As prenuptial arrangements go among the billionaire set, relative pauper Thierry got the juicy part of the deal: Christina dutifully slimmed-own and, vows exchanged, our man fattened-up his bank balance. Cynics and begrudgers said all along that he had seen the writing on the cheques but playboy Thierry insisted he just wanted to live well with his new wife. He persuaded her to buy a new plane and convinced her he needed a pad in Paris on the Avenue Foch (apt for a playboy, I suppose). During three years of marriage, she gave him almost $60 million pocket money. Even the commando wing of the "because I'm worth it" generation would have to be impressed with Thierry's sense of self-orth.
But it was the sort of arrangement that was always going to end in tears - especially as the 60 million dollar man continued playboying with his long-ime Swedish squeeze, Gaby, a former model. When Christina decided on divorce, she paid Thierry $10.3 million in a down-ayment and agreed to supply him with $1.2 million a year for the next 18 years - totalling another $30 million or so for our friend. But the vast bulk of the $3 billion Onassis fortune would go to Athina. Then Christina died, Thierry got custody of his daughter and married Gaby.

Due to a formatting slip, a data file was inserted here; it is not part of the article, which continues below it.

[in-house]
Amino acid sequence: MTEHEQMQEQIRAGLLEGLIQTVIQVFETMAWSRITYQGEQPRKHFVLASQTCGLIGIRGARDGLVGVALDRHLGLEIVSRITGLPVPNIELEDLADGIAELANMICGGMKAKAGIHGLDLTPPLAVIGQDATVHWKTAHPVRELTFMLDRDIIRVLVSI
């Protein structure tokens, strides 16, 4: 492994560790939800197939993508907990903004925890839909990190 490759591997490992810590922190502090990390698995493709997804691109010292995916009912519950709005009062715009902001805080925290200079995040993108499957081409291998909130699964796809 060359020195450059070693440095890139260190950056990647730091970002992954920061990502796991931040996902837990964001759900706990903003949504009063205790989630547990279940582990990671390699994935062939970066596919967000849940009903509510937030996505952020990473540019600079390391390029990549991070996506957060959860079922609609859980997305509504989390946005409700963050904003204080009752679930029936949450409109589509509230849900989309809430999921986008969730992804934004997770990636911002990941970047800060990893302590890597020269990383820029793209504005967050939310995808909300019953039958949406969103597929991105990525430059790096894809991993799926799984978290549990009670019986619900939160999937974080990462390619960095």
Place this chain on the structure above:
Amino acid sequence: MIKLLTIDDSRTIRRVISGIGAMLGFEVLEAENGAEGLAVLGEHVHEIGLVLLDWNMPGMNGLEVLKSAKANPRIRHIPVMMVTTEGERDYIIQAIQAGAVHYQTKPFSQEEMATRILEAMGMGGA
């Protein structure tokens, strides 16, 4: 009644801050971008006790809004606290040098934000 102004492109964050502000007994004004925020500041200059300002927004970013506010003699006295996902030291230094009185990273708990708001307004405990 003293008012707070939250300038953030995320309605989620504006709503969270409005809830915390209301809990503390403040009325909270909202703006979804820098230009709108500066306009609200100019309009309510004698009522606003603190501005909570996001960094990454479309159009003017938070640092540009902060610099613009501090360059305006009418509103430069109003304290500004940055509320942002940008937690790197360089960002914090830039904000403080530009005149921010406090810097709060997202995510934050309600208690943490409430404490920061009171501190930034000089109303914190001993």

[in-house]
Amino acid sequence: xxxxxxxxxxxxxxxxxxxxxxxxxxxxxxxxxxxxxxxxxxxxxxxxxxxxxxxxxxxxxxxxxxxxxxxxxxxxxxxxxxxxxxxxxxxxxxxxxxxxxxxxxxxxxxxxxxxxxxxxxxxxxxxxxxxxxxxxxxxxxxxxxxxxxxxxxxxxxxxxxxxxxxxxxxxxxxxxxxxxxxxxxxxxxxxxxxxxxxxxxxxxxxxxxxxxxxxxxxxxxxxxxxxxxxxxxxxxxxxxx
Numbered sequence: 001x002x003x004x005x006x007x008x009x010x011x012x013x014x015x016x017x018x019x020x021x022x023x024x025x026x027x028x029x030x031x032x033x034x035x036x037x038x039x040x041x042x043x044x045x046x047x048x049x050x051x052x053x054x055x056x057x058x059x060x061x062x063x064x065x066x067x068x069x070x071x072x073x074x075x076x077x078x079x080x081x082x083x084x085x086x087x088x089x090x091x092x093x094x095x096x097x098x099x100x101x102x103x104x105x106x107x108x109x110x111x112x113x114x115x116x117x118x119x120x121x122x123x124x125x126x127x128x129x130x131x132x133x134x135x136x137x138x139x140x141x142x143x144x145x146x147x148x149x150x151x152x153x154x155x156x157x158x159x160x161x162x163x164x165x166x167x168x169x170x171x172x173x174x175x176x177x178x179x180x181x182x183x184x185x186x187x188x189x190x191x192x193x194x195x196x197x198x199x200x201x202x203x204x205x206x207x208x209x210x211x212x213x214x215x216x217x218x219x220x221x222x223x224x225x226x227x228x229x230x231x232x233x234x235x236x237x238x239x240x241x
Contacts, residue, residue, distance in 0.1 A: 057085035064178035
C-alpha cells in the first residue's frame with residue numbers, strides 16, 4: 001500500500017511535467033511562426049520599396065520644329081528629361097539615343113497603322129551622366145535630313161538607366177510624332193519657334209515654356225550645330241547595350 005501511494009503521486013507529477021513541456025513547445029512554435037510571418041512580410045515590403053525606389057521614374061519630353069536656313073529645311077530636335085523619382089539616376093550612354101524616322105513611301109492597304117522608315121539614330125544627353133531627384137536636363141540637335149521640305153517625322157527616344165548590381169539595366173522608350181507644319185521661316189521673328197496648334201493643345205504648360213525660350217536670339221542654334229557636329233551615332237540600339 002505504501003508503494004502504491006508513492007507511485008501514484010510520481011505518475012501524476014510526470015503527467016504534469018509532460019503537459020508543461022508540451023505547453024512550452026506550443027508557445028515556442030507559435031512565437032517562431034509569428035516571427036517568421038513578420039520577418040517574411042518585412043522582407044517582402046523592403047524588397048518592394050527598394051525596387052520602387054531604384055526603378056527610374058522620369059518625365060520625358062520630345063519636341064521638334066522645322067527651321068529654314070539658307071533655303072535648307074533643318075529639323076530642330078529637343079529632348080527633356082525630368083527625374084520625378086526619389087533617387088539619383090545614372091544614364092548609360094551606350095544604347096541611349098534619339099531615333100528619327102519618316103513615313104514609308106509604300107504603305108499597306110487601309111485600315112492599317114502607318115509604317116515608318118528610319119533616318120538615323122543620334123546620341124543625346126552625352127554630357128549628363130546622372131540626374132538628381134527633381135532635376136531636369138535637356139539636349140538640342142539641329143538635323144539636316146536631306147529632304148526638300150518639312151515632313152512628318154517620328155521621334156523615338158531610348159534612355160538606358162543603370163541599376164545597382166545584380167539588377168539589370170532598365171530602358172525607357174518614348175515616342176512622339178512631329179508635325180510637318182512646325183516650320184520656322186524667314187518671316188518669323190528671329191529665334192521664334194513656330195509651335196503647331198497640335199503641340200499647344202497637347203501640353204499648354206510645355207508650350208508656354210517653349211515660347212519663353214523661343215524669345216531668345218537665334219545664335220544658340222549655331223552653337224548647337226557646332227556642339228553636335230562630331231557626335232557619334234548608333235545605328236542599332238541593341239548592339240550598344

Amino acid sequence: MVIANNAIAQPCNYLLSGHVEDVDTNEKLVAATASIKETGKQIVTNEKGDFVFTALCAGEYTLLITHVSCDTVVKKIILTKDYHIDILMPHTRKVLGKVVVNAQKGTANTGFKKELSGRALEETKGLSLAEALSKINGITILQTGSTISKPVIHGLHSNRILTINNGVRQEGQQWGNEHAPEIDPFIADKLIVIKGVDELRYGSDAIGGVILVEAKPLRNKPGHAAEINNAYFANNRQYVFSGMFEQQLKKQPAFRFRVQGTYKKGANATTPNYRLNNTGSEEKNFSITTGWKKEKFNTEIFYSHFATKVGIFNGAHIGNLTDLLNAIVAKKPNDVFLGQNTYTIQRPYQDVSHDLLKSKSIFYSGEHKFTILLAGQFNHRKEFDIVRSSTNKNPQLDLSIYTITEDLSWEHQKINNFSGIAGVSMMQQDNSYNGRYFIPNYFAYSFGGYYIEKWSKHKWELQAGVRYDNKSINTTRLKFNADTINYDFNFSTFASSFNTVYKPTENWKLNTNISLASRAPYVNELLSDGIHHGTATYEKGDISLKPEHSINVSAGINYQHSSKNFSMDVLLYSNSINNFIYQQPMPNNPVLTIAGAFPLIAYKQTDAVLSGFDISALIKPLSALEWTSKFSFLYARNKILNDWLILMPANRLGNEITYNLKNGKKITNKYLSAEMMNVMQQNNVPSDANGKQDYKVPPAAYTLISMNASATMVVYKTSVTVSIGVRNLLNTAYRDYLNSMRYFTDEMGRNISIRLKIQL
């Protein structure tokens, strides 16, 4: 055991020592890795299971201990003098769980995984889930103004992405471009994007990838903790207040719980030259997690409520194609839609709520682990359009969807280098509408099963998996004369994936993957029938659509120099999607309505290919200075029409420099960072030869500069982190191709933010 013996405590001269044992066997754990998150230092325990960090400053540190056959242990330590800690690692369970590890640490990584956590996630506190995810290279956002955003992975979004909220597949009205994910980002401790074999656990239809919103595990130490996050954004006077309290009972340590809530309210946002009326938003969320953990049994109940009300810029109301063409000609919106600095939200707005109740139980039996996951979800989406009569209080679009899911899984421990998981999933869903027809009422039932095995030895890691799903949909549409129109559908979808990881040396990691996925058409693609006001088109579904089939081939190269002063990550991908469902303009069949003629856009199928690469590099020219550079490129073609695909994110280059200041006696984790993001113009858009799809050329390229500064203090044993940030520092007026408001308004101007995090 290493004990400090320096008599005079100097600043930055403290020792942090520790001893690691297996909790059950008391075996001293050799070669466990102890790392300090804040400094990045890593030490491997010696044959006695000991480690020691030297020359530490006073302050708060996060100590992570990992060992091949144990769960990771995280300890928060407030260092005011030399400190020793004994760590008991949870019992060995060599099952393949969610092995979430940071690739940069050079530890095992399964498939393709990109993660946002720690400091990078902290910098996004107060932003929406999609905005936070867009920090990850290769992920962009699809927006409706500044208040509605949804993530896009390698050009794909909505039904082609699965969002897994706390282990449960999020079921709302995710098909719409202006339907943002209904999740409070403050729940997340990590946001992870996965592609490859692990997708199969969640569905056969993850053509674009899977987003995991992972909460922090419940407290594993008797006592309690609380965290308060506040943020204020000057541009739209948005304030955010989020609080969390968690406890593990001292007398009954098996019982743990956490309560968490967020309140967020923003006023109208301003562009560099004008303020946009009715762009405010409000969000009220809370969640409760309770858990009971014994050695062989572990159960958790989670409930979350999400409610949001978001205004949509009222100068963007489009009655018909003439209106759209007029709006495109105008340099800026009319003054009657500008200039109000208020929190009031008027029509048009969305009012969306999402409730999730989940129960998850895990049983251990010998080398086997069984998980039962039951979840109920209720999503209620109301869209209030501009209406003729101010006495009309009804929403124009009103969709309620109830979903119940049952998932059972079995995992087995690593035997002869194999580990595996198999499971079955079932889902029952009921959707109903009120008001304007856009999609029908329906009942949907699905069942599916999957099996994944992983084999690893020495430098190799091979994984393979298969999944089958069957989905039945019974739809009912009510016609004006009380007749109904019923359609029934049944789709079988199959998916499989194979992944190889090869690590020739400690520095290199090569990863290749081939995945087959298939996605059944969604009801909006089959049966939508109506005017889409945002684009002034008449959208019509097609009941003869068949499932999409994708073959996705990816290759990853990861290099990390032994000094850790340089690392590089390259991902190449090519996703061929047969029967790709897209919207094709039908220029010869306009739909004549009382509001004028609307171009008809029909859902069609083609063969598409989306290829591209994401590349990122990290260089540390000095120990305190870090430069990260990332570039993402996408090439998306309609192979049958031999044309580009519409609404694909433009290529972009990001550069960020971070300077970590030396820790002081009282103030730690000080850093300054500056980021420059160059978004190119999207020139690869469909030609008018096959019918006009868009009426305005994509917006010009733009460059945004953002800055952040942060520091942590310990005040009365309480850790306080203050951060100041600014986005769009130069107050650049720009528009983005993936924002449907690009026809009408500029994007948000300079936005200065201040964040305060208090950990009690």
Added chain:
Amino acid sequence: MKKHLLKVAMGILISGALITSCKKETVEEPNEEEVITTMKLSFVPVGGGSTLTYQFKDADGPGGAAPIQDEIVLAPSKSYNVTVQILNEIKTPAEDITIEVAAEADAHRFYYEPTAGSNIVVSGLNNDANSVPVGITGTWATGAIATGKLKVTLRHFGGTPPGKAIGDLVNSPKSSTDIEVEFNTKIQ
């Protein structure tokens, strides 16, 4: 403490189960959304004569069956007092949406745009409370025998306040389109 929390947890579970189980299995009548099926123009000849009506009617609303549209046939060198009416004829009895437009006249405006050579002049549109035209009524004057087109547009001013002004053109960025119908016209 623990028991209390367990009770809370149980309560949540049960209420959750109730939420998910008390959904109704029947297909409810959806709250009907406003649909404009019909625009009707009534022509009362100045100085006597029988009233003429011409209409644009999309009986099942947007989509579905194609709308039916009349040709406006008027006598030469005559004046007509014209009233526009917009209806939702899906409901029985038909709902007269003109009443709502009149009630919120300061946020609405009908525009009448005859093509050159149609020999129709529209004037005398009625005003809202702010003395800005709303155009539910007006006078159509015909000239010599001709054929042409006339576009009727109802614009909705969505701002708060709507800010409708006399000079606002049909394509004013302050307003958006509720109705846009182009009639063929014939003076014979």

The Greeks, appointed by Christina's hand-written will to outvote Thierry on the trust fund set up for Athina, were not best pleased. Now there is an escalating war between the Greeks and our pal. Athina, at 14, is less than four years away from inheriting the jackpot. The Greeks have been rumbled spying on poor Thierry - looking for evidence of drugs, orgies and/or adultery. But they haven't found anything, which, when you think about it, suggests that either they are Mickey Mouse spies or Thierry has become a Mickey Mouse playboy.